Spring into action! How to manage the seasonal changes.

Spring into action! How to manage the seasonal changes.

Author -  Healtheries

Raise your hand if you love Spring. If so, you’re not alone: the longer days, warmer weather, blooming bulbs, and blossoms on every tree bring a smile to many Kiwi faces

But while the temperatures may be rising again, not everyone is a fan – and the season isn’t without its share of wellbeing watch-outs. Here are three of the most common issues, and how to manage them to help keep yourself feeling great this Spring.   

Eating for energy 

Over Winter, it’s not unusual to end up eating more comfort food than you’d like, and spend most of your time indoors where it’s warm and dry. Once Spring arrives, though, it’s time to get more active outside again – and that means ensuring you’re eating to support your energy levels. 

Factors to think about include:          

  • Eating a healthy, balanced diet: that means a wide range of fruits and vegetables, plus whole grains, lean protein, and healthy fats. That helps to ensure you get a good intake of vitamins, minerals, antioxidants and other important nutrients to help maintain your overall wellbeing and energy.          
  • Eating seasonally: the more time that passes between the point a fruit or vegetable is picked and the point you eat it, the less nutritious it becomes. So locally grown, in-season produce is generally better for you than imported food that’s travelled thousands of kilometres to get to you. As a bonus, it’s cheaper and better for the environment too. Find out what’s in season right now here.
  • Topping up your nutrient intake with a multivitamin: while, in theory, you can get all the nutrients you need from a perfect diet, most of our diets just aren’t that perfect. The Healtheries multivitamin range is designed as “nutritional insurance” to help you top up your intake when your body needs a little extra support.   

Hay fever and seasonal allergies 

While some people find the sudden explosion of colour as everything bursts into bloom romantic, for others, it’s a source of intense misery. Seasonal allergies happen when your immune system misidentifies pollen (or other airborne allergens) as a threat, and then takes steps to neutralise that threat. This causes the red, itchy eyes; streaming sinuses and frequent sneezing that characterise hay fever. 

To support your body during hay fever season, experts recommend:

  • Avoiding open grassy areas, especially on windy days.         
  • Being aware of the pollen count, and staying indoors when it’s high.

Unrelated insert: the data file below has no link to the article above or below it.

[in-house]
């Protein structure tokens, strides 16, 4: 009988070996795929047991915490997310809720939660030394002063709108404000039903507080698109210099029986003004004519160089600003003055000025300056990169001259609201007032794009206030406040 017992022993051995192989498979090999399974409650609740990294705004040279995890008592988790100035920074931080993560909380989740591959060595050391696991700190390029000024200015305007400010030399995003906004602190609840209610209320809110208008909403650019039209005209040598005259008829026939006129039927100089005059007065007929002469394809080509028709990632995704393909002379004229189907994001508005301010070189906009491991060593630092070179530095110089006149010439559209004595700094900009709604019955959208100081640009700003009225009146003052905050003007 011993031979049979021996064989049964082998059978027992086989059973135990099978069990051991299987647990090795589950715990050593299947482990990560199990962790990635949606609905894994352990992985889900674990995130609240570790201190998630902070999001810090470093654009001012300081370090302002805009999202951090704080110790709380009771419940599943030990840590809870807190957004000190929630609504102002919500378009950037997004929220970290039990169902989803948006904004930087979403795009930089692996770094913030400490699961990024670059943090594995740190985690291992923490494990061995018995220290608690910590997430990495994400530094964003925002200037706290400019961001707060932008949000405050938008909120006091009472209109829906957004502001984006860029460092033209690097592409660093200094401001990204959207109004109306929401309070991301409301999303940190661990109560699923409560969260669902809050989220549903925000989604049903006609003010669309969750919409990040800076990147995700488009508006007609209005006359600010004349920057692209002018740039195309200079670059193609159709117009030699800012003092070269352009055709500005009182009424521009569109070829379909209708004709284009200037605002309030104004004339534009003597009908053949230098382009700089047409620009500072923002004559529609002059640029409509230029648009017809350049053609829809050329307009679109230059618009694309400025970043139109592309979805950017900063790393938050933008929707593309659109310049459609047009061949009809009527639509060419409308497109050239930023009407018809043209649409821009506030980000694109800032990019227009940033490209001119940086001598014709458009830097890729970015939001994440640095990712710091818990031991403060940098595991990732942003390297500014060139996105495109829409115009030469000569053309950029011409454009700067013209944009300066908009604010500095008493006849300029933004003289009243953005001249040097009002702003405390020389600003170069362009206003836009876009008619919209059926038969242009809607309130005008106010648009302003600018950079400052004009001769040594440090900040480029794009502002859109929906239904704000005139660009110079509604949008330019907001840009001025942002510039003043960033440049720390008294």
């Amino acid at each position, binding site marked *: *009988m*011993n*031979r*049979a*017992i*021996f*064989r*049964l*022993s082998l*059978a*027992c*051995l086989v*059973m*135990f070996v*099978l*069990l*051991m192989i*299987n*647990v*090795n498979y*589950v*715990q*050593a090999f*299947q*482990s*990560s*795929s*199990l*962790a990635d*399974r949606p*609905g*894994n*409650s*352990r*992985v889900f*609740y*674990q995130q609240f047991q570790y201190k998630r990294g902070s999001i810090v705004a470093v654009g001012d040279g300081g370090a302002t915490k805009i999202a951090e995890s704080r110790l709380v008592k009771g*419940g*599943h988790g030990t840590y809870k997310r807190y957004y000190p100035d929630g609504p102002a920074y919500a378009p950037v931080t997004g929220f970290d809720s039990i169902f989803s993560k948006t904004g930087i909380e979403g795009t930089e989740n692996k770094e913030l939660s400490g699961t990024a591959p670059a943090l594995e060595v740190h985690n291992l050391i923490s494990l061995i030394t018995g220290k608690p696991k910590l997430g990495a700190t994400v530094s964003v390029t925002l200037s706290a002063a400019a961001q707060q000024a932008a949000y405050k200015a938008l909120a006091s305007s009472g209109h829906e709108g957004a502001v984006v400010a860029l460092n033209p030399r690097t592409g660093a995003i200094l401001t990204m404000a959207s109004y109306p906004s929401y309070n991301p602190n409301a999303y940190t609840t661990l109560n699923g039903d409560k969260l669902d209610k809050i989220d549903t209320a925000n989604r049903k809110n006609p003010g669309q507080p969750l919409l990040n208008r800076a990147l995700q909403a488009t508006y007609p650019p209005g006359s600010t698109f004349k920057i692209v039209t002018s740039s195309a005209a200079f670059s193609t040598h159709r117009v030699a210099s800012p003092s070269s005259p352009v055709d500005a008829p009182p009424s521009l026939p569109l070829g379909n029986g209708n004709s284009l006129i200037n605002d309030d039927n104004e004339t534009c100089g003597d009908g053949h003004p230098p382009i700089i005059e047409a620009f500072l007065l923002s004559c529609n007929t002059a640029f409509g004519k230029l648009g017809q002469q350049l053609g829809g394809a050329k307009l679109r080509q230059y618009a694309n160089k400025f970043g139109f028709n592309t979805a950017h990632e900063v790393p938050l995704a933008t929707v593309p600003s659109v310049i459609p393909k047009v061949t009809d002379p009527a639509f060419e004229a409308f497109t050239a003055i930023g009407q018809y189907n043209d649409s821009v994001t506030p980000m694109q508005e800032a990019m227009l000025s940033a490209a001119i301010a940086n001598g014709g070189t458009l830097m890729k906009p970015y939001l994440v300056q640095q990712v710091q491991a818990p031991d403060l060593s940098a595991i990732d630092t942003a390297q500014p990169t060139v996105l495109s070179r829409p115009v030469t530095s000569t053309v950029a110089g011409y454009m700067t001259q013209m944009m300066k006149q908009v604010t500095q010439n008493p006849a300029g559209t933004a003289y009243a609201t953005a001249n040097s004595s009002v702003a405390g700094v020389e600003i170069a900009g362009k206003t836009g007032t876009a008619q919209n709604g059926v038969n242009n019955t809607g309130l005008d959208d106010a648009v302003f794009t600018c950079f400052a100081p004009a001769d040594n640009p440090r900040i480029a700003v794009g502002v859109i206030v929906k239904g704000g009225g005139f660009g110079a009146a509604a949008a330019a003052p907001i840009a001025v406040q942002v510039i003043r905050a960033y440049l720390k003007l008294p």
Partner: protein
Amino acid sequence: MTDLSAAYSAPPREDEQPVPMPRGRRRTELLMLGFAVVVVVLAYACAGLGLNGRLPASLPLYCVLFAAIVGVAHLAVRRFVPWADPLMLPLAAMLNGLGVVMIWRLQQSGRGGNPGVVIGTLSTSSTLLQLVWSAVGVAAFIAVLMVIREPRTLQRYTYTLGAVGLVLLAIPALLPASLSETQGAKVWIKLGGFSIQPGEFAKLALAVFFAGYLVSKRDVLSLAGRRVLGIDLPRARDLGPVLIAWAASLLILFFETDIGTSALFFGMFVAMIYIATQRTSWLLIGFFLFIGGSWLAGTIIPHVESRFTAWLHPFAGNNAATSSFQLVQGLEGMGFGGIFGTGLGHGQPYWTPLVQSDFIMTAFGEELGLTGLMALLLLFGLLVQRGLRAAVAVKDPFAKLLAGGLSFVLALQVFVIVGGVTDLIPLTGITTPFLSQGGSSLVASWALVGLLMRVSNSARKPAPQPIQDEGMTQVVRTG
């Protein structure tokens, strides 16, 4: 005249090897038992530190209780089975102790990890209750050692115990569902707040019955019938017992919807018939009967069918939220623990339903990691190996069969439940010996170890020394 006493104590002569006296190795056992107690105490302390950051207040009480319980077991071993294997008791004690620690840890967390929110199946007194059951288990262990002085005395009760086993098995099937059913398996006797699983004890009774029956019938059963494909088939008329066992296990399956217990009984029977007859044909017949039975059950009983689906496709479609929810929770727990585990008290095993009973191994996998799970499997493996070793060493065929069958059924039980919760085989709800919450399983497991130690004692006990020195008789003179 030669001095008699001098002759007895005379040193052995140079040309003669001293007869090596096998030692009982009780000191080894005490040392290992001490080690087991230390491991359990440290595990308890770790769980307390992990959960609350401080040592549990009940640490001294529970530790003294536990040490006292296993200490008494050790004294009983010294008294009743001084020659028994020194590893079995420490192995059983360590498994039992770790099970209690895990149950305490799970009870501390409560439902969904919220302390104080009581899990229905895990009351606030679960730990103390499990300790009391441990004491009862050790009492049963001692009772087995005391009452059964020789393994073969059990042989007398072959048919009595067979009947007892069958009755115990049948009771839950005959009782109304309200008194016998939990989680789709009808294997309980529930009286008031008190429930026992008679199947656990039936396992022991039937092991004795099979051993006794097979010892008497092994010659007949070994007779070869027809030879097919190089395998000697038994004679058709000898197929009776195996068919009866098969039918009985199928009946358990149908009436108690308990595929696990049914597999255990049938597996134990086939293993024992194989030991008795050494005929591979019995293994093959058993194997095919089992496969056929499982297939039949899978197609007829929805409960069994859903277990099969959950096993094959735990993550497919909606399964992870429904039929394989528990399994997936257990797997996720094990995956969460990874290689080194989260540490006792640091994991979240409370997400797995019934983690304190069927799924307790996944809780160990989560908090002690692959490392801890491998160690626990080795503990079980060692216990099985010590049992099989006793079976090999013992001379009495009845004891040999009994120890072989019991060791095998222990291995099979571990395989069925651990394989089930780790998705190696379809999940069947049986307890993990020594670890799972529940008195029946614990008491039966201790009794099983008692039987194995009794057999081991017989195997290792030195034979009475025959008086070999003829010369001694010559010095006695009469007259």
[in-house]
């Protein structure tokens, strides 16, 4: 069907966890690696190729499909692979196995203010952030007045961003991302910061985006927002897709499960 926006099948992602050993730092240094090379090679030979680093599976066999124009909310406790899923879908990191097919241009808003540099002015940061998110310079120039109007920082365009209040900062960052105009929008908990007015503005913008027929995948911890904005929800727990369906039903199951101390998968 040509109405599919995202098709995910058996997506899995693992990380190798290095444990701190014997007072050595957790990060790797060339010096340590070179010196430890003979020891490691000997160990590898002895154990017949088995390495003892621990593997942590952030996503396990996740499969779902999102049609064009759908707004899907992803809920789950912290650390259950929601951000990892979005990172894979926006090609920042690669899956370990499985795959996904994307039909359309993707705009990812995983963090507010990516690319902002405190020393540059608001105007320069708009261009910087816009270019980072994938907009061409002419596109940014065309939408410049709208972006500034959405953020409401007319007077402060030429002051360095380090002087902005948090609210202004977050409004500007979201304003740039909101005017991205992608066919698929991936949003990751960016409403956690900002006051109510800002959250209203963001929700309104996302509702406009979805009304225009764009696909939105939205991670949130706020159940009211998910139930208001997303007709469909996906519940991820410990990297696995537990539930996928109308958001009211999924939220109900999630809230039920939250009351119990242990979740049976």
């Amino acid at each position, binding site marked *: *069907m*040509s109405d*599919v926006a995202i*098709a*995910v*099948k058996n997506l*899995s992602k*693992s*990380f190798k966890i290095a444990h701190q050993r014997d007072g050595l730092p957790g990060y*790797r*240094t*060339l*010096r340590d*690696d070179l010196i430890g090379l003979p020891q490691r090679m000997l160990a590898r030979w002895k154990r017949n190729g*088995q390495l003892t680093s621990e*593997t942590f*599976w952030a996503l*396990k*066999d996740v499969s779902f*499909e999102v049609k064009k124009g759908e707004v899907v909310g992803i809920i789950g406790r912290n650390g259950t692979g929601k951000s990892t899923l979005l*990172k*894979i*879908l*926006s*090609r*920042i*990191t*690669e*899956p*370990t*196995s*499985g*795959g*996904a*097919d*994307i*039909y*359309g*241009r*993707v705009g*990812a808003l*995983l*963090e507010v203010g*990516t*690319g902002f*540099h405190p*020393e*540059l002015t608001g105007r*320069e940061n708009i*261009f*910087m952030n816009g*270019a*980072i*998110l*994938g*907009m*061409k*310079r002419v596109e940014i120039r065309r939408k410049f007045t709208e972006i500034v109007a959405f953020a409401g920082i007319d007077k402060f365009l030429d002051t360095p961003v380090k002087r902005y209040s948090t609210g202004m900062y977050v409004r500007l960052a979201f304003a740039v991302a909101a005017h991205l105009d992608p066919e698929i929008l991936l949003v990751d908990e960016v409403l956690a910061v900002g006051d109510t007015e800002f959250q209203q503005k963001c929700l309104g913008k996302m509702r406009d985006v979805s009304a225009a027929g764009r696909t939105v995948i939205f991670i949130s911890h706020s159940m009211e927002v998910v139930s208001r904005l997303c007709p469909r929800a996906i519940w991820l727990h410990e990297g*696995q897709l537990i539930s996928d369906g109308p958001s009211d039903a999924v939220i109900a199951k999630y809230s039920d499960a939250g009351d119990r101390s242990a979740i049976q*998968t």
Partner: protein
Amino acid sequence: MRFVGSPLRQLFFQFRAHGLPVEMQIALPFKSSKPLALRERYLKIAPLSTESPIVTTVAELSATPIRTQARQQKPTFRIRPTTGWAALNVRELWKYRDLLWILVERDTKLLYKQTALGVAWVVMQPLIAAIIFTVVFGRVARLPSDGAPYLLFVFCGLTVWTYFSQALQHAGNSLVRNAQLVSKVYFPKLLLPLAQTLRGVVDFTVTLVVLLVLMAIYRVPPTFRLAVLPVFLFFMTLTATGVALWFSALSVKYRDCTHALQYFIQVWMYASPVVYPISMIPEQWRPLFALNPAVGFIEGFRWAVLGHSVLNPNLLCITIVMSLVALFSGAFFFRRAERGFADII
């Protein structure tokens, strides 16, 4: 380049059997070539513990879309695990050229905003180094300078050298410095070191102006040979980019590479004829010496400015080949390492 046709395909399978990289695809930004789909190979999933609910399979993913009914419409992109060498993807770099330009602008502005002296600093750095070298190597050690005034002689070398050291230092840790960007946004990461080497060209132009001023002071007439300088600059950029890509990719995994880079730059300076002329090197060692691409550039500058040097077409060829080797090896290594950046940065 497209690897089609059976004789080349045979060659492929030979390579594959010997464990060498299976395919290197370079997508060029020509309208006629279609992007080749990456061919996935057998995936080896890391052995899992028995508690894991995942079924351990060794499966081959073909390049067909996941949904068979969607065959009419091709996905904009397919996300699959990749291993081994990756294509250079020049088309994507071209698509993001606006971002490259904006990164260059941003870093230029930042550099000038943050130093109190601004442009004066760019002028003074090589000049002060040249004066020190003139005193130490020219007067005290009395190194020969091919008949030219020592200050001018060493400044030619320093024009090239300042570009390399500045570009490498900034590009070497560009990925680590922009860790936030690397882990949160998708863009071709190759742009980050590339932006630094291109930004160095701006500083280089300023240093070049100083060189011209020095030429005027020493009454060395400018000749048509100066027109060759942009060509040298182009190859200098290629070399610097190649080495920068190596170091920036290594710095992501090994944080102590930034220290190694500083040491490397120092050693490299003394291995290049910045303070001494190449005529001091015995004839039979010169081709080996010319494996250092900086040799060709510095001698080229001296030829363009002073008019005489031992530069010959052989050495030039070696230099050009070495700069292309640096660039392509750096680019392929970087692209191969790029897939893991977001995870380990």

• Keeping your windows closed during these times, and using a pollen filter in your car.   

Daylight savings finishing 

Most of us need to allow our body clocks to adjust when we lose an hour as Daylight Savings finishes. However, the time change seems to hit some of us harder than other. This is actually biological. It’s based in areas of your brain that help your body to recognise time passing, and that control daily cycles like sleep, temperature and hormone release. 

While your body clock’s ability to tell time is partly in-built, it also relies on external changes in light for clues about what should happen when. 

The good news is that this means you can use light to help your body clock adjust more smoothly. For example, you can:          

  • Switch on bright lights as soon as you get up to help you to wake up more quickly, and increase alertness.          
  • Dim the lights around you an hour or so before you want to go to bed to help you fall asleep more easily.          
  • Make sure you get outside into natural light at some point during the day to help your body clock reset.     

Of course, Spring comes with a wealth of positives too. As the weather gets warmer, we can spend more time outside (and shed a few layers of clothes while we’re at it). And with all the blossoming flowers, it’s easier to take time out to “stop and smell the roses”. But if Spring isn’t your favourite time of year, these recommendations may help you to enjoy the season more. 

Try them, and let us know how you go. 

[1] https://www.southerncross.co.nz/group/medical-library/hay-fever-allergic-rhinitis 

 [2] http://www.nzherald.co.nz/lifestyle/news/article.cfm?c_id=6&objectid=11716800

 
 
 
 
 
 

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